By the time we got to the start line, I could already tell that I had overdressed. It definitely did not feel like 1 or 2 degrees – more like 10 or 11 degrees – and I felt envious of the runners around me who were wearing t-shirts and shorts. It was too late for a wardrobe change, so I decided I would just have to make do.

I pulled up to the start line less than a minute before the race actually started, and I seeded myself towards the back, knowing that I would probably be on the slower side. Before I knew it, we were off.

I knew virtually nothing about the course. Our friend was running the half (though his goal time was much more ambitious than mine), and he had told me that there was some nice downhill to start the race. I also knew there was a loop that I’d have to repeat twice, though I wasn’t sure when it would come up or how long the loop was. I’d read the course description, but all the names of the roads were foreign to me so I decided to just go with the flow.

The first few k were indeed downhill – and HOT! Despite a pre-race bathroom break, within the first kilometre, I was already sweating buckets and I also had to pee. There was a porta potty at the first aid station, but another runner juuust beat me to it. I waited for about 30 seconds but when he didn’t emerge, I decided he was probably going to be in there awhile longer and that I was probably better off just hustling to the porta potty at the next aid station.

There was a good crowd of runners around me, but then the course split off into half marathon and 10k runners – and most of the people around me abandoned me as they turned right towards the 10k course. This was the beginning of my first loop. Despite feeling a little overheated and having to pee, my legs were feeling pretty good and I was enjoying the run.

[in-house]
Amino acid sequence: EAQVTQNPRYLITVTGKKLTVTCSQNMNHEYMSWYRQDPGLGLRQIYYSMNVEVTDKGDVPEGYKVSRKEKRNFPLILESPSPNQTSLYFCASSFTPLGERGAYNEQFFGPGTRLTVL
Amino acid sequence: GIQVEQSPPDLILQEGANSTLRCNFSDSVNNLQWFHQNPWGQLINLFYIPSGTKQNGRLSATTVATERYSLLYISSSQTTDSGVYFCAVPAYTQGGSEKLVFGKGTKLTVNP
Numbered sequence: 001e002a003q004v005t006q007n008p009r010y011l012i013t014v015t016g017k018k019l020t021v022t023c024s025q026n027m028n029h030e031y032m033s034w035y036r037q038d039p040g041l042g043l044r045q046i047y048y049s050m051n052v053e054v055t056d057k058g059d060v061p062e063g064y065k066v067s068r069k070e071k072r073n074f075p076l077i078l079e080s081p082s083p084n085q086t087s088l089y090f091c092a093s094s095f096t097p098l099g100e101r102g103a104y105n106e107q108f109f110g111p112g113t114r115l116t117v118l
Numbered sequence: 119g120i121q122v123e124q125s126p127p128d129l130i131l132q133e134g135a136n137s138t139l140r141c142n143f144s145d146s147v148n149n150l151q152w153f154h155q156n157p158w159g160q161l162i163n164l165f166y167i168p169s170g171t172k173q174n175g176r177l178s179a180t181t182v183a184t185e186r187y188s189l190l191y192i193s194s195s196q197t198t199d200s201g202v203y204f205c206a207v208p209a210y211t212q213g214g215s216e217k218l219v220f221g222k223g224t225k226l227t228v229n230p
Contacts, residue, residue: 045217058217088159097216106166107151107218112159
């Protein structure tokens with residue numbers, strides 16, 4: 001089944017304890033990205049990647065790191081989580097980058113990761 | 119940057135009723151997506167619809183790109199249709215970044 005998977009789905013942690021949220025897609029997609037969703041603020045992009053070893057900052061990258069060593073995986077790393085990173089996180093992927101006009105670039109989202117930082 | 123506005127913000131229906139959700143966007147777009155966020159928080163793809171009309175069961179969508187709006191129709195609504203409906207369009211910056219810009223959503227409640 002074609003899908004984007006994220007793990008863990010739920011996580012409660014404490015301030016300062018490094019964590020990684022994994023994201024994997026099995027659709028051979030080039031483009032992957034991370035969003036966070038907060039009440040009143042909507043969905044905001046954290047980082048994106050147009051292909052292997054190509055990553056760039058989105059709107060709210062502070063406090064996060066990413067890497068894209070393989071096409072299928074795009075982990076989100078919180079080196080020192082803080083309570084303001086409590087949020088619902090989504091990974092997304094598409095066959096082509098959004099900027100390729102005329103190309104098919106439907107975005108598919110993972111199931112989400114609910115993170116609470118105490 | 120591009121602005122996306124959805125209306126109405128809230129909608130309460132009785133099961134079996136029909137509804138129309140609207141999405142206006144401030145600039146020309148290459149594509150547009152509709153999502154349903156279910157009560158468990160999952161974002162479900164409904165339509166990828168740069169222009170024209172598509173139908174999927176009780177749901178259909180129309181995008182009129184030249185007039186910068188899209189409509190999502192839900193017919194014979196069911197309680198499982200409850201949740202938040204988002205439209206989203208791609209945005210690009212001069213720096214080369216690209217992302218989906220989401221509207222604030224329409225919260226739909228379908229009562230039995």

As I made a U-turn at the far end of the loop, the course marshal said something about pacing myself as I ran into the wind. Wind? What wind?

Then, as I began running in the opposite direction, it hit me – and I mean it, the wind smacked me right in the face. On the plus side, I no longer felt hot and overdressed. On the down side, it was serious work running into the wind. That infamous Newfoundland wind is no joke!

I had time to gather a bit of energy as I stopped at the (thankfully vacant) porta potty at the next aid station, then got back to it. Running into the wind was tough, and as we rejoined the 10k course, the road started to get a little hillier. Thankfully, the hills didn’t bother me too much – I credit this all the trail running I’ve done in the past few months.

One thing to note is that this race has no kilometre markers. I never had any idea whatsoever how far along I was – I wasn’t even wearing a watch (though I had my phone tucked away into my running vest. By the way, I’m pretty sure I was the only runner with a running vest. Trail habits die hard!) I was, however, beginning to wonder when my second lap of the loop would start. For some reason, I had thought that the loop was much shorter than it actually was.

Just when I was starting to feel a little discouraged, I ran into some fans: Cedric and the wife of the friend who was also running. I didn’t think that I would get to see them along the course, so it was great to get some high fives from them. This also happened to be about the point where the first loop ended and the second began – at least now I knew what to expect for the next loop.